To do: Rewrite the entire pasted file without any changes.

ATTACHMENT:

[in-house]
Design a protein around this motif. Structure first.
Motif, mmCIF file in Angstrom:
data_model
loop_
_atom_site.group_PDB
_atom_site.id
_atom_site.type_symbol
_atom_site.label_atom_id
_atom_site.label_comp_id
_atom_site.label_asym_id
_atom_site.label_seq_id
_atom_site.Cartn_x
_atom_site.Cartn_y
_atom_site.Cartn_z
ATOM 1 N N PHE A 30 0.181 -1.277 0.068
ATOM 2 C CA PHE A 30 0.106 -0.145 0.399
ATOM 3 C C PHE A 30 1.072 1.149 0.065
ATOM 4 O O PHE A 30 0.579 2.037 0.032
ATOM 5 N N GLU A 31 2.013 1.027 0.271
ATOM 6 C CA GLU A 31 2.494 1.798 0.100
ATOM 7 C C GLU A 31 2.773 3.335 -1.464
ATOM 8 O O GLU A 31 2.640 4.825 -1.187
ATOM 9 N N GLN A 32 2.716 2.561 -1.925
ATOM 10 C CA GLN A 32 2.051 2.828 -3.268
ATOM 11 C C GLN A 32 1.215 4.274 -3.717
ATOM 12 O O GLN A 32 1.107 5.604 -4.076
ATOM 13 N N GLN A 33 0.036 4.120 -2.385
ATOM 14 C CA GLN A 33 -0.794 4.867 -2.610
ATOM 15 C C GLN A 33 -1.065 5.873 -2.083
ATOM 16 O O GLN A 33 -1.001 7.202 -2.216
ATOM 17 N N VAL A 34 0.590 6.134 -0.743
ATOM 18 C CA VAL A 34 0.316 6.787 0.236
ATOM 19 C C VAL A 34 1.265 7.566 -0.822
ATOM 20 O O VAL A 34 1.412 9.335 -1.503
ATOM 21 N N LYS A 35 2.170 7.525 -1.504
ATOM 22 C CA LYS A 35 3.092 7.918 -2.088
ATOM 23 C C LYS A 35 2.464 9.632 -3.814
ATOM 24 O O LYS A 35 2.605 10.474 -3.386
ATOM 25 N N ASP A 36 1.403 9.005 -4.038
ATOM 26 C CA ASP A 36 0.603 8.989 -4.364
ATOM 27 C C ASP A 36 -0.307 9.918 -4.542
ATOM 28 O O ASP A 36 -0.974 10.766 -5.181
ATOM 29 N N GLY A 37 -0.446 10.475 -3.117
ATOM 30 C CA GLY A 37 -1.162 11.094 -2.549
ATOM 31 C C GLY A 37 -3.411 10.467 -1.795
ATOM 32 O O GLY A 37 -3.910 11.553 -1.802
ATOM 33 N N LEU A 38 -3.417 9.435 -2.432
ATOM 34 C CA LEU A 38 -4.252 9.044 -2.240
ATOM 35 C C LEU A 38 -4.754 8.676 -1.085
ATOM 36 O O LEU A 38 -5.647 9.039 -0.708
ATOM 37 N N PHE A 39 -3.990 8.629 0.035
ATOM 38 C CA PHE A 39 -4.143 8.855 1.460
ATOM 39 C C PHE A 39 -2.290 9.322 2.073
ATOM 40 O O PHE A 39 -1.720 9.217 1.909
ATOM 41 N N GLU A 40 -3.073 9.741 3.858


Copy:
[in-house]
Design a protein around this motif. Structure first.
Motif, mmCIF file in Angstrom:
data_model
loop_
_atom_site.group_PDB
_atom_site.id
_atom_site.type_symbol
_atom_site.label_atom_id
_atom_site.label_comp_id
_atom_site.label_asym_id
_atom_site.label_seq_id
_atom_site.Cartn_x
_atom_site.Cartn_y
_atom_site.Cartn_z
ATOM 1 N N PHE A 30 0.181 -1.277 0.068
ATOM 2 C CA PHE A 30 0.106 -0.145 0.399
ATOM 3 C C PHE A 30 1.072 1.149 0.065
ATOM 4 O O PHE A 30 0.579 2.037 0.032
ATOM 5 N N GLU A 31 2.013 1.027 0.271
ATOM 6 C CA GLU A 31 2.494 1.798 0.100
ATOM 7 C C GLU A 31 2.773 3.335 -1.464
ATOM 8 O O GLU A 31 2.640 4.825 -1.187
ATOM 9 N N GLN A 32 2.716 2.561 -1.925
ATOM 10 C CA GLN A 32 2.051 2.828 -3.268
ATOM 11 C C GLN A 32 1.215 4.274 -3.717
ATOM 12 O O GLN A 32 1.107 5.604 -4.076
ATOM 13 N N GLN A 33 0.036 4.120 -2.385
ATOM 14 C CA GLN A 33 -0.794 4.867 -2.610
ATOM 15 C C GLN A 33 -1.065 5.873 -2.083
ATOM 16 O O GLN A 33 -1.001 7.202 -2.216
ATOM 17 N N VAL A 34 0.590 6.134 -0.743
ATOM 18 C CA VAL A 34 0.316 6.787 0.236
ATOM 19 C C VAL A 34 1.265 7.566 -0.822
ATOM 20 O O VAL A 34 1.412 9.335 -1.503
ATOM 21 N N LYS A 35 2.170 7.525 -1.504
ATOM 22 C CA LYS A 35 3.092 7.918 -2.088
ATOM 23 C C LYS A 35 2.464 9.632 -3.814
ATOM 24 O O LYS A 35 2.605 10.474 -3.386
ATOM 25 N N ASP A 36 1.403 9.005 -4.038
ATOM 26 C CA ASP A 36 0.603 8.989 -4.364
ATOM 27 C C ASP A 36 -0.307 9.918 -4.542
ATOM 28 O O ASP A 36 -0.974 10.766 -5.181
ATOM 29 N N GLY A 37 -0.446 10.475 -3.117
ATOM 30 C CA GLY A 37 -1.162 11.094 -2.549
ATOM 31 C C GLY A 37 -3.411 10.467 -1.795
ATOM 32 O O GLY A 37 -3.910 11.553 -1.802
ATOM 33 N N LEU A 38 -3.417 9.435 -2.432
ATOM 34 C CA LEU A 38 -4.252 9.044 -2.240
ATOM 35 C C LEU A 38 -4.754 8.676 -1.085
ATOM 36 O O LEU A 38 -5.647 9.039 -0.708
ATOM 37 N N PHE A 39 -3.990 8.629 0.035
ATOM 38 C CA PHE A 39 -4.143 8.855 1.460
ATOM 39 C C PHE A 39 -2.290 9.322 2.073
ATOM 40 O O PHE A 39 -1.720 9.217 1.909
ATOM 41 N N GLU A 40 -3.073 9.741 3.858